This week started with some big news that the country's largest sanitation department was moving forward in its consideration of a "save-as-you-through" system, but was bookended by much more somber news.
Here's your week in review.
Stories that drove the week
A train collision in Virginia left one sanitation worker dead and several others hospitalized. It's a grave reminder of how dangerous working in solid waste can be.
- The train was carrying Republican lawmakers on their way to a scheduled legislative retreat in West Virginia. Christopher Foley, 28, was identified as the worker who was killed in the collision.
- Federal and local authorities are investigating the cause of the collision. In response to the incident, Solid Waste Association of North America (SWANA) said, "The identity of the train’s passengers must not overshadow that incidents where solid waste workers are killed on the job occur far too frequently."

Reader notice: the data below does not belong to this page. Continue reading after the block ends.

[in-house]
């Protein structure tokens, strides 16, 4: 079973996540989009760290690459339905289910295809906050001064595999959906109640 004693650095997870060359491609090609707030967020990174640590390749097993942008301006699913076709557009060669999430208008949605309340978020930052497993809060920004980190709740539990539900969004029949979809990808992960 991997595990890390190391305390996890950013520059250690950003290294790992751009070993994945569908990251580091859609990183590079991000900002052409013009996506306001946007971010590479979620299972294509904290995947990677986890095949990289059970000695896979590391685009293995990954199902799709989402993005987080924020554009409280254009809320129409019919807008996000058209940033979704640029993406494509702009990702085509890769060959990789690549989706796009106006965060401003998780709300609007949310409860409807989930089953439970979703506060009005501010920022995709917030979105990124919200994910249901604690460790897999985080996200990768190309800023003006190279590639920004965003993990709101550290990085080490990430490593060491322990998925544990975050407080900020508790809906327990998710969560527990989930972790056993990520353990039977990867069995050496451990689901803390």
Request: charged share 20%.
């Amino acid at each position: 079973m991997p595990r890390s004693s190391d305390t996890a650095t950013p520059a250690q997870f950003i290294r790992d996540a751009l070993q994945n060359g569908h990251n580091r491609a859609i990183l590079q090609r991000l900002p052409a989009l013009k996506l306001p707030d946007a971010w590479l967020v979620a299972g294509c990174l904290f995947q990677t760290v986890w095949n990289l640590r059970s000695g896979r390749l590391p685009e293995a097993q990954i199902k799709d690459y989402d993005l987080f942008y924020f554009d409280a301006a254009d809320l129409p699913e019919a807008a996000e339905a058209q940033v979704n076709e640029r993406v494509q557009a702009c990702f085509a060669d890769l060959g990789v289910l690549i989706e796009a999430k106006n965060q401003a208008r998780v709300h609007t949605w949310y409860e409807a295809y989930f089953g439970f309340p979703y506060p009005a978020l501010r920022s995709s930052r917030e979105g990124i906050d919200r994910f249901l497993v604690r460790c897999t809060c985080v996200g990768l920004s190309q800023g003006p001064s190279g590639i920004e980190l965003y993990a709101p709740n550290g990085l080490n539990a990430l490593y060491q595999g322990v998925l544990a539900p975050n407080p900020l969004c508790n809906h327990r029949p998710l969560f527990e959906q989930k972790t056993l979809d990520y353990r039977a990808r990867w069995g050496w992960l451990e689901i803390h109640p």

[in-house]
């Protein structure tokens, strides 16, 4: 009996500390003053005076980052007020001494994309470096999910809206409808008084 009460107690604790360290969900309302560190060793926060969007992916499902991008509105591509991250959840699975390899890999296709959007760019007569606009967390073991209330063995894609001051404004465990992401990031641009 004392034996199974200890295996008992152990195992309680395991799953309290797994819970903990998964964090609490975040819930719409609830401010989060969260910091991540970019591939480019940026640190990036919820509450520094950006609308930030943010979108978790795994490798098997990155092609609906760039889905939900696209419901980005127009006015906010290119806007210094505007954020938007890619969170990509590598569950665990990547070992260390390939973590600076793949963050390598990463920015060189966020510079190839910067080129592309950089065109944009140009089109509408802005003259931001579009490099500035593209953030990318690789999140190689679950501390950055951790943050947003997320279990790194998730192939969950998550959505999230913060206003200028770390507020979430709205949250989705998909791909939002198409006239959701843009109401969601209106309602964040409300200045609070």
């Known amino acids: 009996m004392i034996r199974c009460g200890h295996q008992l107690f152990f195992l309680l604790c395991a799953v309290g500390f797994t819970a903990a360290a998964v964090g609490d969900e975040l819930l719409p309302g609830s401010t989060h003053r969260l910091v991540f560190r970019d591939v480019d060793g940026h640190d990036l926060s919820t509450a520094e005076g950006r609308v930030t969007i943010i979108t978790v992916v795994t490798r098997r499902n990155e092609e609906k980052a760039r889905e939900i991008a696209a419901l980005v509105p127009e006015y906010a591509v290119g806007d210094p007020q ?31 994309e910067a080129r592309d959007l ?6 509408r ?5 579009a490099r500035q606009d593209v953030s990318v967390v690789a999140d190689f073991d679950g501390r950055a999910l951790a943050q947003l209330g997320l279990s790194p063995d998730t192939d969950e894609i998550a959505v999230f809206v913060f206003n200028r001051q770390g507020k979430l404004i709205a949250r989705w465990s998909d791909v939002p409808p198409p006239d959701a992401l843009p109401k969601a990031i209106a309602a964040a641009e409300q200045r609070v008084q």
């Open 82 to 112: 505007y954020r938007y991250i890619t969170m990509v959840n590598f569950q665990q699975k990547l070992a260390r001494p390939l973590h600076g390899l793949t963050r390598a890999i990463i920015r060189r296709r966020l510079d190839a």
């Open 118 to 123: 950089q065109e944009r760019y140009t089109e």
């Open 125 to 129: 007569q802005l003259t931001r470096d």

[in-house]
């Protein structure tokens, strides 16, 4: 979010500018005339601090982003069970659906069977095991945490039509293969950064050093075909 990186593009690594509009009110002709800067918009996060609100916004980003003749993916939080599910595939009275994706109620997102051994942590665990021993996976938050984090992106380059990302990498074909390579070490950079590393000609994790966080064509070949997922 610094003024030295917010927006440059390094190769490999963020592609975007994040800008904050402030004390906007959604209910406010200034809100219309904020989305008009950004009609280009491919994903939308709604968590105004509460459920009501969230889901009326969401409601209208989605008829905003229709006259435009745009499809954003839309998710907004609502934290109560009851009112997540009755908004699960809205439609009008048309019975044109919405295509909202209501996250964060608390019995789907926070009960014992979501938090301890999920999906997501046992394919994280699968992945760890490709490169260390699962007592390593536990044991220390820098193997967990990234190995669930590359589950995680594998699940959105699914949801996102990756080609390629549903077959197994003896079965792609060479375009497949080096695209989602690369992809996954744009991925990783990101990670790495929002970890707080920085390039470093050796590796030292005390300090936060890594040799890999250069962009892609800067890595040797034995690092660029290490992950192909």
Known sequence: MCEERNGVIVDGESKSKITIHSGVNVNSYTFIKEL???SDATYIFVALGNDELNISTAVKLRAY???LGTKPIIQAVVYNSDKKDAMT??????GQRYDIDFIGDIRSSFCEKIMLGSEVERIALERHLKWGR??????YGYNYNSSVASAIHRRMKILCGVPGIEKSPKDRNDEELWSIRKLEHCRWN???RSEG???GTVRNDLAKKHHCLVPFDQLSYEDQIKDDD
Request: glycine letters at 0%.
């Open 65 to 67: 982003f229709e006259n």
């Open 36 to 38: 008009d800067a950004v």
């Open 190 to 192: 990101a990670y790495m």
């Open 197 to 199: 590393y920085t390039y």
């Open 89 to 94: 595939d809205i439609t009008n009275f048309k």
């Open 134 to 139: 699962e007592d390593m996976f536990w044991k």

According to SWANA's data, this is the sixth collections worker killed on the job so far in 2018 — and it's only Feb. 2. Solid waste collection remains the fifth-most dangerous job in the country, and it's important that those in the industry not become complacent in enforcing safety measures.
The New York Department of Sanitation (DSNY) announced Resource Recycling Systems would study a "save-as-you-throw" system for the city.
- The $1 million contract will run for three years, with the possibility of a two-year extension.
- Details are, so far, scarce and have left some in the area skeptical of the efficacy or fairness of such a system.